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 Weather Station

Products > Asparagus aphyllus
Asparagus aphyllus - Mediterranean Asparagus

Habit and Cultural Information
Category: Perennial
Family: Asparagaceae (~Liliaceae)
Origin: Mediterranean (Europe)
Evergreen: Yes
Flower Color: White
Bloomtime: Spring
Height: 2-3 feet
Width: 2-4 feet
Exposure: Sun or Shade
Summer Dry: Yes
Deer Tolerant: Yes
Irrigation (H2O Info): Medium Water Needs
Winter Hardiness: 20-25° F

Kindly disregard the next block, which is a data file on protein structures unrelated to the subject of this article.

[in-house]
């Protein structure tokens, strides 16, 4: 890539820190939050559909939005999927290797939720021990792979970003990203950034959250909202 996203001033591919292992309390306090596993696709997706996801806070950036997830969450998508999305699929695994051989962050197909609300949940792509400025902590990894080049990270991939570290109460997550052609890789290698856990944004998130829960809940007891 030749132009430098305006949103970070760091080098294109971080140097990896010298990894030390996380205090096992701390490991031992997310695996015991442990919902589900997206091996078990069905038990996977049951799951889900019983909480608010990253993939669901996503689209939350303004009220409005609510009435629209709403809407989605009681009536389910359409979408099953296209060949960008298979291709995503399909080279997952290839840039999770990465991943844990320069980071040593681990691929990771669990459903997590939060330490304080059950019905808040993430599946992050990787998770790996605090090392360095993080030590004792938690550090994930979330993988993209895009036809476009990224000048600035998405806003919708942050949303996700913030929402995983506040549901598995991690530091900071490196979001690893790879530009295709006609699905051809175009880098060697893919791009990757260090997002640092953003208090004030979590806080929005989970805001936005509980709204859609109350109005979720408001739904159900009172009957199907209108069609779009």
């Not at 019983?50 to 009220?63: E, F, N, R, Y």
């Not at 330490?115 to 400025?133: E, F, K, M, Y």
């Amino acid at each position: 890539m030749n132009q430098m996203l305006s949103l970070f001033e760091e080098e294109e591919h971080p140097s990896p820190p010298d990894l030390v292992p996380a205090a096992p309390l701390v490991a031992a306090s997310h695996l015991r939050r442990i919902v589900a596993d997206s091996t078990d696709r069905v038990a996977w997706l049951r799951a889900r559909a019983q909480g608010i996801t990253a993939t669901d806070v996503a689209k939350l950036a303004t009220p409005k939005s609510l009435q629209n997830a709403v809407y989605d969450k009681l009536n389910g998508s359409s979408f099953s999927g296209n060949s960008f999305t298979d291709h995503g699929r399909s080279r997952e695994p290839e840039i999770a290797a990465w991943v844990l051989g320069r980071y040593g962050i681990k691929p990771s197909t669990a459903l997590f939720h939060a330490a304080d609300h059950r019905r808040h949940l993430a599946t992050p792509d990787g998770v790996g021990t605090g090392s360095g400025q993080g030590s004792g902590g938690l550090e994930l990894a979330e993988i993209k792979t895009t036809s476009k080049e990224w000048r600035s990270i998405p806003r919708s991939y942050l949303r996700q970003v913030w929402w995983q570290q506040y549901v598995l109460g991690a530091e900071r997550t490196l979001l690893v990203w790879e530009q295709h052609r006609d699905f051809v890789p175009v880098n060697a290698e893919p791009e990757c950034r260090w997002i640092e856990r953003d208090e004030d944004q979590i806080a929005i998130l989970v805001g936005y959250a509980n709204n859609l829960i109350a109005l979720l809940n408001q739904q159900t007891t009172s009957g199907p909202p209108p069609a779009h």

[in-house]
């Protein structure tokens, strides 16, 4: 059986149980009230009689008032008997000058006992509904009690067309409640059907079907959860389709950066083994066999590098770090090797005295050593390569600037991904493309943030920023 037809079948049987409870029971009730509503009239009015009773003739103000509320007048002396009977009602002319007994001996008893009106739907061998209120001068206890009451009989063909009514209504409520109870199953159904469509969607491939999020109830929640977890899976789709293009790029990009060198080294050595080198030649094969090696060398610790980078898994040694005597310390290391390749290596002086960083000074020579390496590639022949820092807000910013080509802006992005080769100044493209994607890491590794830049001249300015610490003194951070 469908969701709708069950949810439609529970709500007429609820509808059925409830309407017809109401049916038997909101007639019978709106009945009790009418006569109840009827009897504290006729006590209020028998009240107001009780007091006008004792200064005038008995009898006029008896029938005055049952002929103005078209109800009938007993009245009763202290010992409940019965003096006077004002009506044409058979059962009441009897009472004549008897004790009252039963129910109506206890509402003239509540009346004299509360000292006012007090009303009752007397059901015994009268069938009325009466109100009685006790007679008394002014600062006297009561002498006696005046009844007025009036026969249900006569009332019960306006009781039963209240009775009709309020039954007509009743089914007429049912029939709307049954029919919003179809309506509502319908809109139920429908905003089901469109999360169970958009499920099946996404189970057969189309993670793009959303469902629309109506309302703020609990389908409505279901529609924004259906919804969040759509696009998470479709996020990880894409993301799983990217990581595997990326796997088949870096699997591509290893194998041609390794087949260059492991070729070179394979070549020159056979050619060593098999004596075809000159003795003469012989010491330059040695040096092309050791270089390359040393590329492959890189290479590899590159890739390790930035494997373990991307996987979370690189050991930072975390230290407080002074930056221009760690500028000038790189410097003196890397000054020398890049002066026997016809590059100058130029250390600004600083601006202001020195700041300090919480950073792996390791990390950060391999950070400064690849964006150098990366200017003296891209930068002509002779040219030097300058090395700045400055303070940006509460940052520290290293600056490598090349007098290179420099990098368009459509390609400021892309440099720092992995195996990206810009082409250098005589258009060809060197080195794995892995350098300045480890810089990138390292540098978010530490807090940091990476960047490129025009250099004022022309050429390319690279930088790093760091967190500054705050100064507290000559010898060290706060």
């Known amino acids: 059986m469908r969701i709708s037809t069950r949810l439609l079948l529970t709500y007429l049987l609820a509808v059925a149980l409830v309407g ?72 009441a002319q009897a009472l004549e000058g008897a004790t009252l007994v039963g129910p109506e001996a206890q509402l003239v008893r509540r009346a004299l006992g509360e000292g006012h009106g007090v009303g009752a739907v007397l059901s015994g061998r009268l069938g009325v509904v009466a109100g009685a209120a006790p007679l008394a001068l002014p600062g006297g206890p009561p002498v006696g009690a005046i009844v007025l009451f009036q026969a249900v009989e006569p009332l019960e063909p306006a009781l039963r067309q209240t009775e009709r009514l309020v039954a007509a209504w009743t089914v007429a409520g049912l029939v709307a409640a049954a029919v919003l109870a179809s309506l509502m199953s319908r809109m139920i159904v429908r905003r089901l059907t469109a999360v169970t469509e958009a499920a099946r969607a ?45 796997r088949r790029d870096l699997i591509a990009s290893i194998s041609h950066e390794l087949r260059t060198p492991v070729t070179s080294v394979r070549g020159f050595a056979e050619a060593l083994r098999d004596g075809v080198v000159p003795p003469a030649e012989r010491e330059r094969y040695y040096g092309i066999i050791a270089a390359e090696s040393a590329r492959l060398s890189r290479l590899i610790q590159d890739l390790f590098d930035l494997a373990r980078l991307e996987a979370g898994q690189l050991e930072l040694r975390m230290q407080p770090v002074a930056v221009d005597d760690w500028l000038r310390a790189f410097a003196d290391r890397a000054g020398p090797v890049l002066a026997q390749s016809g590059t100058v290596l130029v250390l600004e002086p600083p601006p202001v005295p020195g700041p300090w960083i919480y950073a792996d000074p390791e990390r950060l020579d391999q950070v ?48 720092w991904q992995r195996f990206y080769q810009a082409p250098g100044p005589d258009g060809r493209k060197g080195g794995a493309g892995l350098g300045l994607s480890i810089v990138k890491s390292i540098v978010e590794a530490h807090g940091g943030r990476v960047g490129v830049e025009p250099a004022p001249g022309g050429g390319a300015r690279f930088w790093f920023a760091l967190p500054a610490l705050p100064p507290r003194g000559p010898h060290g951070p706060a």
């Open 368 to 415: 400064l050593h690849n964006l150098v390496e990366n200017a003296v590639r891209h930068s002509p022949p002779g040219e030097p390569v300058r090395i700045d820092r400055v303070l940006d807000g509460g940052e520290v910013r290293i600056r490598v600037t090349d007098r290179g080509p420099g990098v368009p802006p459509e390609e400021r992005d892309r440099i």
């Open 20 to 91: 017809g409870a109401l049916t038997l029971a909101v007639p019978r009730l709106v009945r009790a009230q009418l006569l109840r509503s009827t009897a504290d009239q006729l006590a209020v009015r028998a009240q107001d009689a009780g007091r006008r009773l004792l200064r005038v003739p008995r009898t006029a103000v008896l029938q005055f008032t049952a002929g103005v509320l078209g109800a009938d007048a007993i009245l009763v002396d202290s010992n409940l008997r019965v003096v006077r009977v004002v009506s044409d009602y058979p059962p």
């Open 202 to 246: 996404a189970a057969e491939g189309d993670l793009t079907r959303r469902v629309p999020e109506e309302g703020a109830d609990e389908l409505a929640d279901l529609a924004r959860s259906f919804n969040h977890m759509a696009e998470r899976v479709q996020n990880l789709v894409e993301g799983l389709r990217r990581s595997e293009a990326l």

Asparagus aphyllus (Mediterranean Asparagus) A rhizomatous perennial with tuberous roots and airy fernlike appearance to 2 to 3 feet tall and spreading slowly wider with tough wiry branching light colored stems that hold thin green threadlike half inch long green leaves (technically cladodes) of unequal length decoratively arranged in a evenly spaced fascicles near the stem tips. In spring appear the tiny cream yellow flowers followed by fruit that turns reddish and then nearly black when ripe. Plant in full sun to light shade in most any conditions and water occasionally to not at all once established. Thought to be hardy to 15-20° F and perhaps would come up from its tuberous roots in colder situations. This curious very dry growing plant can be used as an interesting specimen or even and open short hedge. It has short thorns on the stems, so is a bit rough to work with without gloves but is not dangerously so or really what one would consider to wickedly thorny. This species widely distributed in southwestern and southeastern Europe as well as in northern Africa and western Asia and is most abundant in southern Spain and Portugal. It is also commonly called Prickly Asparagus and in Spanish is called Espárragos Portugueses. The name for the genus originates from the original Greek word 'asparagos' that was given to the cultivated asparagus. The specific epithet means without leaves as the pseudo leaves of this plant are actually considered to be flattened leaflike structures. Our plants from seed collected on an old specimen near the Geology Department building at the University of California Santa Barbara.  The information on this page is based on our research that has been conducted on this plant in our nursery library, from online sources, and from observations made of the crops growing in the nursery, plants in the nursery's garden and those in other gardens where we have observed it. We also have incorporated comments received from others and welcome getting feedback from those who may have additional information, particularly if this information includes cultural information that would aid others in growing Asparagus aphyllus.